According to some sources, the word “tips” is actually an acronym—it's short for “To Insure Prompt Service,” and the list of people who are commonly tipped—at least in the United States—includes everyone from hair and nail salon workers to bellhops, cab drivers, newspaper delivery people, porters, valets, bartenders, and, of course, restaurant wait staff.
As multifamily housing became the norm in densely populated urban and suburban areas like ours, apartment building and condo association staff joined the tip list. From the doorman who greets you, signs for packages, and keeps an eye out for your safety to the superintendent or chief engineer who doesn’t grumble (much) about being called to deal with a leaky pipe at the crack of dawn on a Sunday morning, building staff work hard 24/7 to make things easier and more convenient for you as a resident. When the holidays roll around, it’s simply good manners to show your staff a gracious gesture of thanks for a job well done.
It’s not unreasonable to ask why we tip at all in the United States—plenty of other countries don’t do it, and after all, keeping the air conditioning functioning on a hot summer day and helping residents out is the building engineer’s job—he gets a salary already, right?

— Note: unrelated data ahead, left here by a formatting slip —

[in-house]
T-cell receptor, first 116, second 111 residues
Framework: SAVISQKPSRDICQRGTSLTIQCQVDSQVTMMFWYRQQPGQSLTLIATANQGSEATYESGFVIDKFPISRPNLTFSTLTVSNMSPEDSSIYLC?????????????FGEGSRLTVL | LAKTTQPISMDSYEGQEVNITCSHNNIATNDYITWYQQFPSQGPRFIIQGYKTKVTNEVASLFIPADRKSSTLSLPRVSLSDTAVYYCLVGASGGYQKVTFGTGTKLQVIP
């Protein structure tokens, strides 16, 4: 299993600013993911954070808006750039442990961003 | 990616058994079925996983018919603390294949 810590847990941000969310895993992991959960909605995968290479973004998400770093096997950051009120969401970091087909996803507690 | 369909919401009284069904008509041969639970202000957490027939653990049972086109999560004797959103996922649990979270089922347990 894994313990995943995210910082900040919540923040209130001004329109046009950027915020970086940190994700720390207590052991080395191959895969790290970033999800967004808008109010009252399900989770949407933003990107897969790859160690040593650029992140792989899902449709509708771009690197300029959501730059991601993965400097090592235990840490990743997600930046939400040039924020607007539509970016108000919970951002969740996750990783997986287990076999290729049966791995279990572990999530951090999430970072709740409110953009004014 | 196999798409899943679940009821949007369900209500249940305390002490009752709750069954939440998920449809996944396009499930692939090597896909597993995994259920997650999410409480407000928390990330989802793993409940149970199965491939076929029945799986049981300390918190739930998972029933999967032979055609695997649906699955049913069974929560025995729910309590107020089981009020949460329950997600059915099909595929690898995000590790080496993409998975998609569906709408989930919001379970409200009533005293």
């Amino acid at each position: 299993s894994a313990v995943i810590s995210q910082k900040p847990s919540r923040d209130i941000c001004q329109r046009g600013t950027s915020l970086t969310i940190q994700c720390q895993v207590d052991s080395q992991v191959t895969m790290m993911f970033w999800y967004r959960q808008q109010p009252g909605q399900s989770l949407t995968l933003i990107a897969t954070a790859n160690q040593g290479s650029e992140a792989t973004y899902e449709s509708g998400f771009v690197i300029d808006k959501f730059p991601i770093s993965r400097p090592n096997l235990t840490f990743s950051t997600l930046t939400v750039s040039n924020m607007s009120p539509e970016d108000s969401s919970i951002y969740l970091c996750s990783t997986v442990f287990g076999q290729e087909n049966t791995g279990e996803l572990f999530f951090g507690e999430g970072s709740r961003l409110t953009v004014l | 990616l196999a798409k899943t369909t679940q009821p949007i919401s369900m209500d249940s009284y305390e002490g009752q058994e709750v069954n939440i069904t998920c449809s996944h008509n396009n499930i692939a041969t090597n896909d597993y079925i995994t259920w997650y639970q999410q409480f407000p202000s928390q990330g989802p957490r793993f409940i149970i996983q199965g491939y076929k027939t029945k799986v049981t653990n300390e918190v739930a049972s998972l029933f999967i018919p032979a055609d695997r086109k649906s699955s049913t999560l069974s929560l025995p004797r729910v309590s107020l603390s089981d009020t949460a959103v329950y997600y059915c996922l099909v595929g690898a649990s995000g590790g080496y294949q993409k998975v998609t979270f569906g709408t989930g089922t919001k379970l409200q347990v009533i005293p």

The origin of tipping is interesting, though perhaps not exactly gracious. Though there is some disagreement, most historians agree that the practice likely began during the heyday of the Roman Empire with rich, landowning Roman citizens tossing a few coins to the peasants as a conspicuous gesture of wealth and largesse. It has also been suggested that “tipping” was the term used by feudal lords in Medieval Europe to describe their practice of throwing the occasional piece of gold to their serfs as they passed on horseback; the noblemen felt that the gold appeased the rabble and assured them safe passage through the crowd. (No word on how the serfs felt about it.)
Though noblemen and ladies no longer ride through the streets on horseback, casually tossing doubloons to the ragged masses (they mostly use Lincoln town cars these days, and thanks to the recession keep what doubloons they have left in offshore accounts), the practice of tipping has stayed with us.